Alward said at the time that CRA had said in the closing days of the 2010 campaign that the race was close or that the PCs were behind, even though they went on to win 42 of 55 seats.
In fact, a poll CRA released six days before the 2010 vote had the Tories 10 points ahead of the Liberals. The numbers were within the margin of error of the actual popular vote on election day.
It's all in the question
But perhaps these apparently contradictory polls are instead showing how different questions can produce different results.
"You have to be very careful when analyzing approval rating numbers and not conflate them with voting intentions," said Kurl. "We have seen plenty of premiers with low approval ratings who have won majority governments."
Mills pointed out that his company's question, which it has used for more than a quarter-century, "is not just about the premier. It's 'satisfaction with the Liberal government led by Premier Gallant.' It's a more all-encompassing evaluation. It's not just the premier but it's the government overall."
The Angus Reid Institute explicitly asks respondents to give their opinion of the premier himself. That is different than asking about satisfaction with the government — one can be satisfied with the performance of the Liberal government while disapproving of Gallant.
Mills said his company has detected this disconnect in polling in Newfoundland and Labrador, where the Liberal government of Dwight Ball introduced a budget of tax increases and spending cuts in 2016.
"The government has extremely high levels of dissatisfaction," Mills said, "yet when we ask which party they would vote for, it turns out the Liberals lead. So they don't like what's happened, but they look around, and of the choices available, they still would prefer the current government that gave them the harsh budget."
Corporate Research polling on whom New Brunswickers would prefer as premier — focusing on individual leaders — might be more comparable. Trend lines in government satisfaction and decided voting intentions track closely. But CRA's preferred premier polling follows relatively closely with Angus Reid's approval ratings for Gallant.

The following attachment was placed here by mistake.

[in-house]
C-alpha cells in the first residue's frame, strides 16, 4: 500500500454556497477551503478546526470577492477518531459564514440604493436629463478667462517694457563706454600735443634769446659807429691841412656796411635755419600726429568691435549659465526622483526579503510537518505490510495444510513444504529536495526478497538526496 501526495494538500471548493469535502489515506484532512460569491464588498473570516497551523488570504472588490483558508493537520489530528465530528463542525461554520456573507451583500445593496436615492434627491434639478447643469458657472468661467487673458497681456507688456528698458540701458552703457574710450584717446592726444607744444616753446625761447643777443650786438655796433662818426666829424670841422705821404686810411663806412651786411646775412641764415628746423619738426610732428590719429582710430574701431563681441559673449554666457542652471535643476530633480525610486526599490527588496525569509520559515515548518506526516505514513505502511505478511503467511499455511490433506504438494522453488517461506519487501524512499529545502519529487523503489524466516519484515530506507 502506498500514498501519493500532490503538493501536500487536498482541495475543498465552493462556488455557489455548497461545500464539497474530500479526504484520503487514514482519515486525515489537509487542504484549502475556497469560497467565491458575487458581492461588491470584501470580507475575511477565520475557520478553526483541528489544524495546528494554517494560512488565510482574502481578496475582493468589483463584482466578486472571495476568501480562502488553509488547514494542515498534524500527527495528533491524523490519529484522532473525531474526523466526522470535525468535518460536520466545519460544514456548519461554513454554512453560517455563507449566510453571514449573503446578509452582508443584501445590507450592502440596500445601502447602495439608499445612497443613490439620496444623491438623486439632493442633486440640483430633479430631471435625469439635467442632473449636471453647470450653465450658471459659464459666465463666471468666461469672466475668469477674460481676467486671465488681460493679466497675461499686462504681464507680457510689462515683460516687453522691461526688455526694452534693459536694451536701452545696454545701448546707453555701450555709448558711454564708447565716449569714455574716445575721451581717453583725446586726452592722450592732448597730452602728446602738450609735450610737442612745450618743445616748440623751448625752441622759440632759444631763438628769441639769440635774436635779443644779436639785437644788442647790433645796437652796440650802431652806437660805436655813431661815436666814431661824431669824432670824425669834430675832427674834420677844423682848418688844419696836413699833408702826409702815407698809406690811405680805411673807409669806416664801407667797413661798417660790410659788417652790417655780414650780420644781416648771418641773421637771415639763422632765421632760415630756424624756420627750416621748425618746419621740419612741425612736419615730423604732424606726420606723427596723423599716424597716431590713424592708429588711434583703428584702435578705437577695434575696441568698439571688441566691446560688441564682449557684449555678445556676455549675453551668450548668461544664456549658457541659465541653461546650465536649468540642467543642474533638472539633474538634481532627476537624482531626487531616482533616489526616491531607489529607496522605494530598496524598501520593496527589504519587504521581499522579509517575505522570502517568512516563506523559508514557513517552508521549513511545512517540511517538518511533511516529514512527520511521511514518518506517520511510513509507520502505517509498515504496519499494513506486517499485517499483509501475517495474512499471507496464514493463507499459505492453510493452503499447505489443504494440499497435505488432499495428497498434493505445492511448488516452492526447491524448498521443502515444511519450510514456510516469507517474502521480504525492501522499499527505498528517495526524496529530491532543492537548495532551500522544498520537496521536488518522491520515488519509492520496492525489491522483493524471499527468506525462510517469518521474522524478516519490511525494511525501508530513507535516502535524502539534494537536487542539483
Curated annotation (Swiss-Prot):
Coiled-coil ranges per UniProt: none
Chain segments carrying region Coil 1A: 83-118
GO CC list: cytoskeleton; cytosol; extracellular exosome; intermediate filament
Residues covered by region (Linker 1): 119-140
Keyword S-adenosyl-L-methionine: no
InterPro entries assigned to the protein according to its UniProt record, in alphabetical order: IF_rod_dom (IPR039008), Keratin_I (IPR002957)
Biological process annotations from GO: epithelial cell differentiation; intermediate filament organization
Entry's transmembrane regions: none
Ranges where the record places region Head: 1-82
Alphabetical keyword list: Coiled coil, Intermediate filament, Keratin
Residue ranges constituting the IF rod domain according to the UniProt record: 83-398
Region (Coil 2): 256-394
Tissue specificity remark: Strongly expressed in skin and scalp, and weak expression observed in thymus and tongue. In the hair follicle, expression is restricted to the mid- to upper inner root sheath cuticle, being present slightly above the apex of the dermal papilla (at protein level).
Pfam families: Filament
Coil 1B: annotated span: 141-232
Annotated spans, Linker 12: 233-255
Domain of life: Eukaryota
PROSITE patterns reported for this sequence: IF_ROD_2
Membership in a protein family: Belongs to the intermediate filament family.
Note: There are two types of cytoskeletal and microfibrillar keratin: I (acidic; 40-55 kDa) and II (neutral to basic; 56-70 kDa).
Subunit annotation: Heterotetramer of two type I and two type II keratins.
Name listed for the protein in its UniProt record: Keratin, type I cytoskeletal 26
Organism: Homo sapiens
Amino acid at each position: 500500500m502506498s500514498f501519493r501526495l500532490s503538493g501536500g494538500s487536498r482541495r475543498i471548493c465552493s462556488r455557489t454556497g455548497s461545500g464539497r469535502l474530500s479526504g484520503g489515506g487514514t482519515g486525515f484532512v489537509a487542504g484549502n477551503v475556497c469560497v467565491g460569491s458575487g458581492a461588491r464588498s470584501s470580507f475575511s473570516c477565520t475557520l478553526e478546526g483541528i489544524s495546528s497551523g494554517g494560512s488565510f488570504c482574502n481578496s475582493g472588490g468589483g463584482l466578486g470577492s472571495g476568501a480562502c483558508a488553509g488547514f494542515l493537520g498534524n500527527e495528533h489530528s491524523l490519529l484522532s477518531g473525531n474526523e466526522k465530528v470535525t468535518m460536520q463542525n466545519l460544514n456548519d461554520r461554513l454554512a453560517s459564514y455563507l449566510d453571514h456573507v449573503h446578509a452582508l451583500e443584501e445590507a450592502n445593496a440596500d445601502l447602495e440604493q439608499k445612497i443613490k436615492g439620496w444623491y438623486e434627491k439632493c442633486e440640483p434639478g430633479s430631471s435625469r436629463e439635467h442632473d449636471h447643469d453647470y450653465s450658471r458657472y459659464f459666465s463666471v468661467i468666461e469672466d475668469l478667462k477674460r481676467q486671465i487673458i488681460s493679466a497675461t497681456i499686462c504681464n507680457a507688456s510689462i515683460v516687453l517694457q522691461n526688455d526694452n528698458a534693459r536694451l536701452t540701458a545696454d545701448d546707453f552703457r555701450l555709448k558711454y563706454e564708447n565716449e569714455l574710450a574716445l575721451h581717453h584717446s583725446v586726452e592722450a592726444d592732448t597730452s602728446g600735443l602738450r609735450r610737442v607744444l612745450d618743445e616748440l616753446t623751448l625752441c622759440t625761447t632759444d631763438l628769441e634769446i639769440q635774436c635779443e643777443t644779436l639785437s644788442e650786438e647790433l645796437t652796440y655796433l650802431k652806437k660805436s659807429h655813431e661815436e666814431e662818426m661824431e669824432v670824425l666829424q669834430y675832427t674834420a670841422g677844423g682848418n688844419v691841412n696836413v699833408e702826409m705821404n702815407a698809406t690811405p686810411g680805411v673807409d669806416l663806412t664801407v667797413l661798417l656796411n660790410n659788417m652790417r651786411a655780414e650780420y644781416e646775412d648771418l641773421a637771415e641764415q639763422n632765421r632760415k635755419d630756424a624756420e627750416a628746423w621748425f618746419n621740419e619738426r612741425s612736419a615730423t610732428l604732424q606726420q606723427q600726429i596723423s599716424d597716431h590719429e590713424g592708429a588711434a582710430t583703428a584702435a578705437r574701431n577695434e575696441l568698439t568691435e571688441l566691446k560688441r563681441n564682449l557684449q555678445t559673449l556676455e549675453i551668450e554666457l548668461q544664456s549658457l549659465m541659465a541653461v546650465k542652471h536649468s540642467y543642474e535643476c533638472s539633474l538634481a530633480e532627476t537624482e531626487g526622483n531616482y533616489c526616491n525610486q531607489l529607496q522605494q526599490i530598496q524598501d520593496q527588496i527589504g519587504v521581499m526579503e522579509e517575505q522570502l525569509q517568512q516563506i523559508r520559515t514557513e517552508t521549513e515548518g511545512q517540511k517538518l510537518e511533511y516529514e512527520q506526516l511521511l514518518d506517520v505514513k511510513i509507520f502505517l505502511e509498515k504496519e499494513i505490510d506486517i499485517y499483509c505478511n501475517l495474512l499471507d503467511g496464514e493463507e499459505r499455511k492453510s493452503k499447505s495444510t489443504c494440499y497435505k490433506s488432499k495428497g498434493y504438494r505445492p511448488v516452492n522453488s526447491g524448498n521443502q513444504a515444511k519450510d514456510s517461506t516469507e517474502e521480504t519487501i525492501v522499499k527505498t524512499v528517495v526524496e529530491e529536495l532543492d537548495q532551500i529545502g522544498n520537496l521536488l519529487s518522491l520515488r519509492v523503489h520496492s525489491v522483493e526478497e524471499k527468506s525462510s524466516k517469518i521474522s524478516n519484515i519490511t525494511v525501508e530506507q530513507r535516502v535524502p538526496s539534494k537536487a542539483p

Since the last election, Gallant has averaged 35 per cent as New Brunswickers' preferred choice for premier with CRA, only marginally better than his average approval rating from Angus Reid.
Mills said even in the preferred premier question, Gallant could fare better than with Angus Reid because CRA asks respondents to assess all party leaders at once. That means respondents are comparing him to alternatives that they may find even less appealing, rather than Gallant alone.
"Voters may not be thrilled with their premier," Kurl said, "but that does not necessarily mean they'll vote for another party."
New Brunswickers tired of change?
So what appears to be a contradiction might instead by an indication that while Gallant's personal popularity could be relatively low, New Brunswickers are still largely satisfied with the government and willing to support it for re-election, rather than opting for one of the opposition parties.
Nova Scotia Premier Stephen McNeil was able to secure re-election in last year's provincial election despite low approval ratings (according to Angus Reid) and preferred premier scores (according to CRA).
Nevertheless, the disparity could suggest that Gallant's support is wide but not deep, a potential vulnerability for PC Leader Blaine Higgs to exploit.
But for New Brunswickers to force a change of government for the fourth consecutive election, the polls might indicate change-for-change's sake won't be enough — they have to prefer the alternative.